The Ontario Line may still be quite a few years away, but the provincial government is already looking to create new transit-oriented communities around three of the planned downtown Toronto stations.
On Tuesday, the Government of Ontario announced that new vibrant, mixed-use communities would be built at the Exhibition, King-Bathurst, and Queen-Spadina stations to bring more jobs and housing closer to the city’s transit.
“Our government is taking a bold, new approach to city building by funding, planning, and delivering historic transit projects while also rolling out our innovative transit-oriented communities program,” said Kinga Surma, Associate Minister of Transportation (GTA).
“Our plan is about more than just expanding public transit. It is about changing our way of life for the better. People want to live near transit, so it only makes sense to integrate housing options, retail, and community amenities as part of the smart transit planning process.”
Under the proposal, the area surrounding Exhibition Station would be transformed into a new housing, office, and retail space that would create roughly 2,300 jobs. With both the Ontario Line and GO trains running to the area, getting to sporting events, concerts, and the increasingly popular Liberty Village neighbourhood would be much easier.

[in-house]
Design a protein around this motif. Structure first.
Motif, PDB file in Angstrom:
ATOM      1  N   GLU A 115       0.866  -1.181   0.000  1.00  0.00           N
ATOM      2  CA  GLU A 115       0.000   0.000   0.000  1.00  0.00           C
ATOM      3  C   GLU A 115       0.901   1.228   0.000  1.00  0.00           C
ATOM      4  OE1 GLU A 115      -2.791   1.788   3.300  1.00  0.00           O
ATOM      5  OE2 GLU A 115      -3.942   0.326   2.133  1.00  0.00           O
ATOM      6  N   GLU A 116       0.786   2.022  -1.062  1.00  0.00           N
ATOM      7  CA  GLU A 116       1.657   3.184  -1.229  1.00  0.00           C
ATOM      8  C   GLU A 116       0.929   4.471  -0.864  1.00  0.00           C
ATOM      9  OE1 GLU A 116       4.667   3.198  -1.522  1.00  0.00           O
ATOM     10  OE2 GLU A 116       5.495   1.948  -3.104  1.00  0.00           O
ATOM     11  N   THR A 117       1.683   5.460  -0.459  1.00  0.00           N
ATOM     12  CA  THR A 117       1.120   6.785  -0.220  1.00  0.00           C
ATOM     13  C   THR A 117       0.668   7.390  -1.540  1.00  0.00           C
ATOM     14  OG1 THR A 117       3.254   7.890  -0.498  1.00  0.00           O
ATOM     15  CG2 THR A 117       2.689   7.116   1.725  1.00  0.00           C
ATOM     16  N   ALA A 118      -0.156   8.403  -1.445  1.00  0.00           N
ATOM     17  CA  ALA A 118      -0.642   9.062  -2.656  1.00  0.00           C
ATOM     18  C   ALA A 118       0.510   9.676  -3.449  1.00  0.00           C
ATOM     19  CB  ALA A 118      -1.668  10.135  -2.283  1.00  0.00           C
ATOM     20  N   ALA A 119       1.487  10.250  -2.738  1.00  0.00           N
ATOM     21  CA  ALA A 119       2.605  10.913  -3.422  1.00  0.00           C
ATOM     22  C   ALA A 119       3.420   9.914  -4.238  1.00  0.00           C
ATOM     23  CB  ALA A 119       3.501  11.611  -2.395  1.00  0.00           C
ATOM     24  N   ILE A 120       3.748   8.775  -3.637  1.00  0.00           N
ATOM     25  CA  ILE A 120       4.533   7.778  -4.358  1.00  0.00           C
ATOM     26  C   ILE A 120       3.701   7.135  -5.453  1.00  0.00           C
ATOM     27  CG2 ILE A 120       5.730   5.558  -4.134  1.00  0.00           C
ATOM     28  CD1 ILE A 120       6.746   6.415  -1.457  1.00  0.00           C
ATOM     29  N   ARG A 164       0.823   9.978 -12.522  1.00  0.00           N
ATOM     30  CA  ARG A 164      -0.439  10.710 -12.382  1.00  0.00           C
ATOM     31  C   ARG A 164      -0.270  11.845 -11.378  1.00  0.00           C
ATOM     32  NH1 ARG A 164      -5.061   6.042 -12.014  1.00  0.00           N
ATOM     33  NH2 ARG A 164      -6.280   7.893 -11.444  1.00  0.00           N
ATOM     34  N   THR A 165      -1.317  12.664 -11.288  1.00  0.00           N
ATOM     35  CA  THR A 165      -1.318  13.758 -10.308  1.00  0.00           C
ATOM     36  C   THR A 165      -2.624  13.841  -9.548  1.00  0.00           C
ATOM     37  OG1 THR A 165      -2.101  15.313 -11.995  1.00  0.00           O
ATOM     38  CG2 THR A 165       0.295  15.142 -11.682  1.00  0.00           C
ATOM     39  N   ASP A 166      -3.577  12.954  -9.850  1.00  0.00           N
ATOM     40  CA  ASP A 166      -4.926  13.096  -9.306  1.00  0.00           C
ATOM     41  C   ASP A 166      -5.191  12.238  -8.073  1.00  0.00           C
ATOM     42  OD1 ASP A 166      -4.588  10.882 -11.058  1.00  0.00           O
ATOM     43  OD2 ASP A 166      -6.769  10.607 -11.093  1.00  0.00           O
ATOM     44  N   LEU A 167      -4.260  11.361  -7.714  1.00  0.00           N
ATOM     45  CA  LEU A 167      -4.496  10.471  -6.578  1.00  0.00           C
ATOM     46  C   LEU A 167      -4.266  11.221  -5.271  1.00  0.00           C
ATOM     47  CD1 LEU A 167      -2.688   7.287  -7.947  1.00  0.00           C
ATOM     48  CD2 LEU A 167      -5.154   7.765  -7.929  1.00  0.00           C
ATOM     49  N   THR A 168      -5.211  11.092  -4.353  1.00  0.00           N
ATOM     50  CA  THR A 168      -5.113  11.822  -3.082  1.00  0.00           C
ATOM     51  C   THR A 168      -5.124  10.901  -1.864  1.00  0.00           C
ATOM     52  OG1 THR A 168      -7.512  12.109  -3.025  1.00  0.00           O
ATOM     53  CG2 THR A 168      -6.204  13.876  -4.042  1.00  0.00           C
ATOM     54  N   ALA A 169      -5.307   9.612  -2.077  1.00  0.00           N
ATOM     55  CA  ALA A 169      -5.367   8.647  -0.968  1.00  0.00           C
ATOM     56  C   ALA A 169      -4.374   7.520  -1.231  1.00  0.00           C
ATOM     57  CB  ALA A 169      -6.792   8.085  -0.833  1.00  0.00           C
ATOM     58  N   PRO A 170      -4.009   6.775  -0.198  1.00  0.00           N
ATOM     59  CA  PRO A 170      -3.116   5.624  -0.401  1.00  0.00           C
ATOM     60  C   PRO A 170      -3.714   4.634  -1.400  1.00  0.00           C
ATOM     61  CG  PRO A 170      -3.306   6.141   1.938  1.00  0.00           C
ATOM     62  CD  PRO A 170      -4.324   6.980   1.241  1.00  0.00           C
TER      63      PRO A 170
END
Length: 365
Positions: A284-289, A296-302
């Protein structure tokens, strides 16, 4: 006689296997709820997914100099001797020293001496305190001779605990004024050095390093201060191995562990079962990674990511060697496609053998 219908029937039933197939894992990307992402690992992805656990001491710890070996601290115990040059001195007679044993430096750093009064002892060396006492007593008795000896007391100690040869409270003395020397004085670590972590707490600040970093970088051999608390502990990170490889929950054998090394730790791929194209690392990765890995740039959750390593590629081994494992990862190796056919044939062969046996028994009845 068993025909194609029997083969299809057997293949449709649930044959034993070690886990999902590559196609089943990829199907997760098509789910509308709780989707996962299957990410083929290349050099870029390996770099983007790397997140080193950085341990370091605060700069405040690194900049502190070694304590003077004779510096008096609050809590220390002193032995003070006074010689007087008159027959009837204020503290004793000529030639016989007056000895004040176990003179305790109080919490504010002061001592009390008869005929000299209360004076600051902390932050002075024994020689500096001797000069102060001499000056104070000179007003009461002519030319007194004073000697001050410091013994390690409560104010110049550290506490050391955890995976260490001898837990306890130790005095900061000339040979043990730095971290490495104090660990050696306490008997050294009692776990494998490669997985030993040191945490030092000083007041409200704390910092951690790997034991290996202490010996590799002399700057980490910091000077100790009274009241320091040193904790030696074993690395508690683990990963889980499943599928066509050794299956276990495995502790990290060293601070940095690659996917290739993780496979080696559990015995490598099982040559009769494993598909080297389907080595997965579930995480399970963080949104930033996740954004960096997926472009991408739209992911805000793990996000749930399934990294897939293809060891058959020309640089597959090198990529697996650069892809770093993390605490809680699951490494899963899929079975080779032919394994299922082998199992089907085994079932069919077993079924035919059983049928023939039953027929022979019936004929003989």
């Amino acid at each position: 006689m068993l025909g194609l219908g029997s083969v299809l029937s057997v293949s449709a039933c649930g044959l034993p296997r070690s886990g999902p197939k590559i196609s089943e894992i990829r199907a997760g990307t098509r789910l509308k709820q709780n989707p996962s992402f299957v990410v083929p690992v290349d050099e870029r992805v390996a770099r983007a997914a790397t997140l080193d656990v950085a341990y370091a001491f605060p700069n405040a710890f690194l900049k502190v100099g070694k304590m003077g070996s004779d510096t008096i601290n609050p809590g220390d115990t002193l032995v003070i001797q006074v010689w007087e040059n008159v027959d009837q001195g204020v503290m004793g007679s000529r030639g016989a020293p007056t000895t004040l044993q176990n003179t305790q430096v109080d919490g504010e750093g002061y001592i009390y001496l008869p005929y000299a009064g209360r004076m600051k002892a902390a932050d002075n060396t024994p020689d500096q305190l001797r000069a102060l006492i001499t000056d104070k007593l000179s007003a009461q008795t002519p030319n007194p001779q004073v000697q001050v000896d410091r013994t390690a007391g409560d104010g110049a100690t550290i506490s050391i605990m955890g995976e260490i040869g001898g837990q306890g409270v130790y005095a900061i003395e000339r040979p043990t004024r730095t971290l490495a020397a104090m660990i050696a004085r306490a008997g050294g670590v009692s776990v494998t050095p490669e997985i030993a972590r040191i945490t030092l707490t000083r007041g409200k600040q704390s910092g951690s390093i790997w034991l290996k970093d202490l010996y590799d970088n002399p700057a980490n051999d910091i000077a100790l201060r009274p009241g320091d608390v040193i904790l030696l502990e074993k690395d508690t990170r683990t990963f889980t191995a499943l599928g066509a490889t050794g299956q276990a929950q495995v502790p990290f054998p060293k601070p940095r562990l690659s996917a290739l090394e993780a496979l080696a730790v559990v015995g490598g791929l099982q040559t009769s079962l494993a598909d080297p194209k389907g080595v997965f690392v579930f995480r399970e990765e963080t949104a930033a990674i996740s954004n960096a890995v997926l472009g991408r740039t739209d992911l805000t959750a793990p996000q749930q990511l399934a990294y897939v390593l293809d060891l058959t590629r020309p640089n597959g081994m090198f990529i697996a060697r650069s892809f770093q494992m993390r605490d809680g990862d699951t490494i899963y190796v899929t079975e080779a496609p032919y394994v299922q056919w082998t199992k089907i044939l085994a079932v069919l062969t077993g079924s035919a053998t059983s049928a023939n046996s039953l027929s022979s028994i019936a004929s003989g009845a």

At the Queen-Spadina station, the province is planning for more housing and retail space, plus convenient access between TTC streetcars and the Ontario Line.
- See also:
According to the province, at the King-Bathurst station, there would be more housing and office space, but with an emphasis on keeping heritage buildings and structures.
These are the third, fourth, and fifth transit-oriented communities that the provincial government intends for the new Ontario Line. In April, they announced developments for communities at the East Harbour Transit Hub and Corktown Station.
The most recent developments have been shared with the City of Toronto and are currently under review. Once complete, the province will host consultations with the public, stakeholders, and Indigenous partners this winter.